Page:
The last six episodes centered around Pablo’s closest friends, family members, and even Mireya, the prostitute, trying to convince Pablo to turn himself in. They kept asking him “Was it all worth it?”. I believe this question was asked so explicitly multiple times to make the audience reflect on their desires and the consequences of those desires. For example, when Pablo was at the top of his game, as the richest drug dealer in the world, the audience wanted to be him. But after watching his self-destruction, they felt guilty for even considering coveting his lifestyle. The finale was a lesson-learned type of ending. With his family in ruins, Pablo was brutally killed and his death celebrated across the world. Then the entrada song played with more verses about resilience, demonstrating Colombia’s ability to reconcile and learn from the past. In other words, just as the entrada states, “Those who ignore history are condemned to repeat it”.  

Never Letting Go!

After reading through some of the latest blog posts, I just have to agree with everyone on how awesome this class was. I didn't even care how late it was all semester because I was always so excited to come to class. Something that really stuck out to me personally when we had dinner at Dr. A’s house was the importance of keeping our bilingual skills active and how important it is.

This is something I have heard all my life. My first language was Spanish but as I grew up I lost a little bit of my fluency over the years, and now I consider English my first language. It is not something I am proud of, and I'm really working on regaining my fluency and confidence. When I’m in Athens at school, I am away from my most prominent connection to the Spanish language—my parents. That is why I decided to minor in Spanish instead of continuing French or learning a new language. At the beginning of the semester, I was worried about being almost done with my minor. With this class, I realized I didn't need to be tested on grammar to hold on to my second language. I just needed to be around it. I just needed to watch TV!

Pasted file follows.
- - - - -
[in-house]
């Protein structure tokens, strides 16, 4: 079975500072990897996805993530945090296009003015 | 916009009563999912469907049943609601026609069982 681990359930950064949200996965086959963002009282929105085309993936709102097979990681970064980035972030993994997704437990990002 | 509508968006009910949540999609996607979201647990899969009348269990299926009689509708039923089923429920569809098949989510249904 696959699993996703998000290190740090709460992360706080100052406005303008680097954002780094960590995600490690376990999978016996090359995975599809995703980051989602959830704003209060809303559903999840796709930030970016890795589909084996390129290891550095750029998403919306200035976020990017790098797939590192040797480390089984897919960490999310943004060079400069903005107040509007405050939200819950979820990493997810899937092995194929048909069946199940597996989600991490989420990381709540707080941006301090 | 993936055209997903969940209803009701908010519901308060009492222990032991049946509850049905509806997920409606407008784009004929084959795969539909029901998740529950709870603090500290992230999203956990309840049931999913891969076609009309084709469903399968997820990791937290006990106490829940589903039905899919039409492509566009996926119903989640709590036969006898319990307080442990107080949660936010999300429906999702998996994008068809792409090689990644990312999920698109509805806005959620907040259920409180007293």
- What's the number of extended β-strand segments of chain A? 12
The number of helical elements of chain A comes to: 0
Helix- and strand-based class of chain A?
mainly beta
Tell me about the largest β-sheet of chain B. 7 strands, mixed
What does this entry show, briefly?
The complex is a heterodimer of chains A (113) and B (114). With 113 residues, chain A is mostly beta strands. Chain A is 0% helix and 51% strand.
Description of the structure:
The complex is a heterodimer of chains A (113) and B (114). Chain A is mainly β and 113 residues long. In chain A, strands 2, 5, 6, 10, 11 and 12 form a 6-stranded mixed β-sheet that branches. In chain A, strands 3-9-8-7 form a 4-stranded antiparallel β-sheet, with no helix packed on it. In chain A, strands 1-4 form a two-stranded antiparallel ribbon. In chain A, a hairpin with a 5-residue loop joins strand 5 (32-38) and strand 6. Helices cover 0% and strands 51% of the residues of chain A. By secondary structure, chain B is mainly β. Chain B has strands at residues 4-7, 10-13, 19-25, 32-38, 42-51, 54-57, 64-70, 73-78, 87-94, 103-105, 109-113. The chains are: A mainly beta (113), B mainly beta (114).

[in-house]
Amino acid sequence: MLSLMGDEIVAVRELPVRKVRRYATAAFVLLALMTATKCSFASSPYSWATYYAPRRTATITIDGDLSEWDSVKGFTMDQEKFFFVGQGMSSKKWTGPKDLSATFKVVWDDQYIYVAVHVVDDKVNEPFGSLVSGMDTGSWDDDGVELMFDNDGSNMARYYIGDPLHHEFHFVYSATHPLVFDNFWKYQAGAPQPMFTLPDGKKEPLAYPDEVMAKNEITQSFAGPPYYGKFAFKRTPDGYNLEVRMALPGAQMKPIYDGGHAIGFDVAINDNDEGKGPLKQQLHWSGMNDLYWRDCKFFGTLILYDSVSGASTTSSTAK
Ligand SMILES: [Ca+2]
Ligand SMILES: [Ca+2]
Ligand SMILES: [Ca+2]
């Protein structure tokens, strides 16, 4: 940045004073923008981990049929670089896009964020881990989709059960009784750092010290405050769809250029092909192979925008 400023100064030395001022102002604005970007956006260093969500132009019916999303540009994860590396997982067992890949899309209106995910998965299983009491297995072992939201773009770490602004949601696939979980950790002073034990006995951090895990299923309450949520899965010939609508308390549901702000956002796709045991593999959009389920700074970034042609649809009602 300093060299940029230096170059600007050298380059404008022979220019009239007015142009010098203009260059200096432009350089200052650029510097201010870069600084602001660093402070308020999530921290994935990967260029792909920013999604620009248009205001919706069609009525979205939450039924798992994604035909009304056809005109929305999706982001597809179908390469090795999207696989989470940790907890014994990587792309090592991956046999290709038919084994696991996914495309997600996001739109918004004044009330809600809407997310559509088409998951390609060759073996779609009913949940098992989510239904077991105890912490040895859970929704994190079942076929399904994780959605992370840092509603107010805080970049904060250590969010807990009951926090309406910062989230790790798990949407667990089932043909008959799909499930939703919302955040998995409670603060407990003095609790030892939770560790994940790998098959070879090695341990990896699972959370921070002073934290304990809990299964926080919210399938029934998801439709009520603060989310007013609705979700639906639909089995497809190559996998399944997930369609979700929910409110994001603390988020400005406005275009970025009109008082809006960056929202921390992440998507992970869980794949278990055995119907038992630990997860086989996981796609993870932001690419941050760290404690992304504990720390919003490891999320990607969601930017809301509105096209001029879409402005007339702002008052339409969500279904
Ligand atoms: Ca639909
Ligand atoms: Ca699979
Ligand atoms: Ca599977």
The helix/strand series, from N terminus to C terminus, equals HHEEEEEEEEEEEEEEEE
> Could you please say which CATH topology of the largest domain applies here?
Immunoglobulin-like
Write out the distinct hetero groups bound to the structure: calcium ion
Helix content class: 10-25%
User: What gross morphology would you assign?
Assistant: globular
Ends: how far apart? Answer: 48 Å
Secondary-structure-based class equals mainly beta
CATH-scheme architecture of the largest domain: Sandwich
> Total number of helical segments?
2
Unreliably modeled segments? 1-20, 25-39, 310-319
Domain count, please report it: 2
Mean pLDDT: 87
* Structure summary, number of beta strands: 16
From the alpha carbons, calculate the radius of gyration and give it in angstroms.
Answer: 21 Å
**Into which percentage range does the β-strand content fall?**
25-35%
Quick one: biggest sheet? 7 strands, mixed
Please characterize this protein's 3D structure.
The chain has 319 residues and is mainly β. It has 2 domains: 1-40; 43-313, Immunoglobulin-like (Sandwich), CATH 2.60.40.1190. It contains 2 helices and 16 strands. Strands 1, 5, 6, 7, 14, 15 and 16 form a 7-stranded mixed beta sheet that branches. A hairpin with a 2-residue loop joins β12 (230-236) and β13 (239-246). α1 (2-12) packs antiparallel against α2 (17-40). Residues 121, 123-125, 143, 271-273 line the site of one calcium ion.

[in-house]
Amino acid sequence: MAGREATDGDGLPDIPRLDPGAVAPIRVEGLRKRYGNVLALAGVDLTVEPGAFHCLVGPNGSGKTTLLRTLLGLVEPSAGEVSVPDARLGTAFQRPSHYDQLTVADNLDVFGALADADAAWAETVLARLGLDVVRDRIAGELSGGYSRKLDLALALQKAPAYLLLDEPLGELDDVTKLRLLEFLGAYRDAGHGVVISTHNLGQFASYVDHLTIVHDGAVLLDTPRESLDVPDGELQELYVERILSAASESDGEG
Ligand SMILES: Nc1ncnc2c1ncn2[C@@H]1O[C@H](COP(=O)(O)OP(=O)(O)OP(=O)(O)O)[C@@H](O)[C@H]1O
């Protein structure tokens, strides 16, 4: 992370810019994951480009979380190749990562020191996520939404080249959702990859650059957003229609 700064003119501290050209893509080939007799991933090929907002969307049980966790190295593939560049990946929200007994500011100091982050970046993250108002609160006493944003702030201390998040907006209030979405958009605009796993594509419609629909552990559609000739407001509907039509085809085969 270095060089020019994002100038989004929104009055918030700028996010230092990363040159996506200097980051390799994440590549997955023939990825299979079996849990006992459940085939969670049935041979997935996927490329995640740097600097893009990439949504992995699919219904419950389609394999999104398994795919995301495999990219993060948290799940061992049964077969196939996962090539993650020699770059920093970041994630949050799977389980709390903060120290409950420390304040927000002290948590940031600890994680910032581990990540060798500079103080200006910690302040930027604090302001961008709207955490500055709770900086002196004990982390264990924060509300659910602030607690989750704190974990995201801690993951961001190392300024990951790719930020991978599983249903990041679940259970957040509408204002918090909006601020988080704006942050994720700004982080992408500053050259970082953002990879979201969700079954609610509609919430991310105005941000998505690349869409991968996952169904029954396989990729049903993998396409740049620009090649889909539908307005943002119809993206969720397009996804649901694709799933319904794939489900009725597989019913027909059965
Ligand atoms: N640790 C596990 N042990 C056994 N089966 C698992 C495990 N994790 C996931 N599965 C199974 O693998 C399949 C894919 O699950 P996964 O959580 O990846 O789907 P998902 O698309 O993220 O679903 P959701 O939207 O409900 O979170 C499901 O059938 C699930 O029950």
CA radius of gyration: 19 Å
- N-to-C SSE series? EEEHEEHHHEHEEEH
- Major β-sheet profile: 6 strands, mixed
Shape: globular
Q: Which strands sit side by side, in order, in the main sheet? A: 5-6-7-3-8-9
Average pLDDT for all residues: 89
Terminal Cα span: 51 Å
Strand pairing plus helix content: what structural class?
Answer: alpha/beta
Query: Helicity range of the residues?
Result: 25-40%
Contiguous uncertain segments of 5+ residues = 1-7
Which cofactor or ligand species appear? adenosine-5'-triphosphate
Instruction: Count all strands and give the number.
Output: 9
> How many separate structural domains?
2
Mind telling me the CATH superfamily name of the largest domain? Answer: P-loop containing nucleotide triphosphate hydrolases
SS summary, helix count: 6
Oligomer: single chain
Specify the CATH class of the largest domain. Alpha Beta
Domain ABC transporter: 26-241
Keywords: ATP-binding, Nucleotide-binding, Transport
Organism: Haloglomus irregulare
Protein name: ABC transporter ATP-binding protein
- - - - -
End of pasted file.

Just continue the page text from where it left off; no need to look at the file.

Obviously practicing a second language is the most beneficial way of learning and keeping it but just listening to it helps so much. I plan to continue watching telenovelas, not just to keep my Spanish in tact, but because I really love them.

Thank you Dr. A for being such an awesome telenovela wizard. You astounded me every day with your extensive knowledge and passion. I don't think any of us knew how much of a big deal you are in the world of telenovelas in the beginning of the semester, but we all definitely do now. This class has been such an amazing experience and I can definitely say it will be missed!

I Kept It "Nosotros"

During the last lecture at Dr. A's house, I got asked what it was like being the only man in the class. My response wasn't very thought out because I haven't ever thought about it before. After reading the other blog posts, I can confidently say that I, too, really enjoyed going to this class. I looked forward to this class every Tuesday and Thursday. Why? Becaue it was fun, Dr. A was always smiling, and it was very simple. It's a very modern thing and Dr. A was very excited about it. As far as being the only man, I would say that when everybody "oohh"ed and "aaahh"ed during various scenes, I didn't.  It's not that I'm a man and I'm supposed to be tough or whatever, it was just that I didn't feel the same way.

The evening after my sister came to my classes, she was telling our mom about all the classes. She was especially excited about this class and told my mom more about Hugo Chavez than my mom cared about.

I am extremely sad that this class is over because never again will my classes be as fun. I think this blog was a great idea also. It brought us closer as a class. I feel like we're a telenovela family now.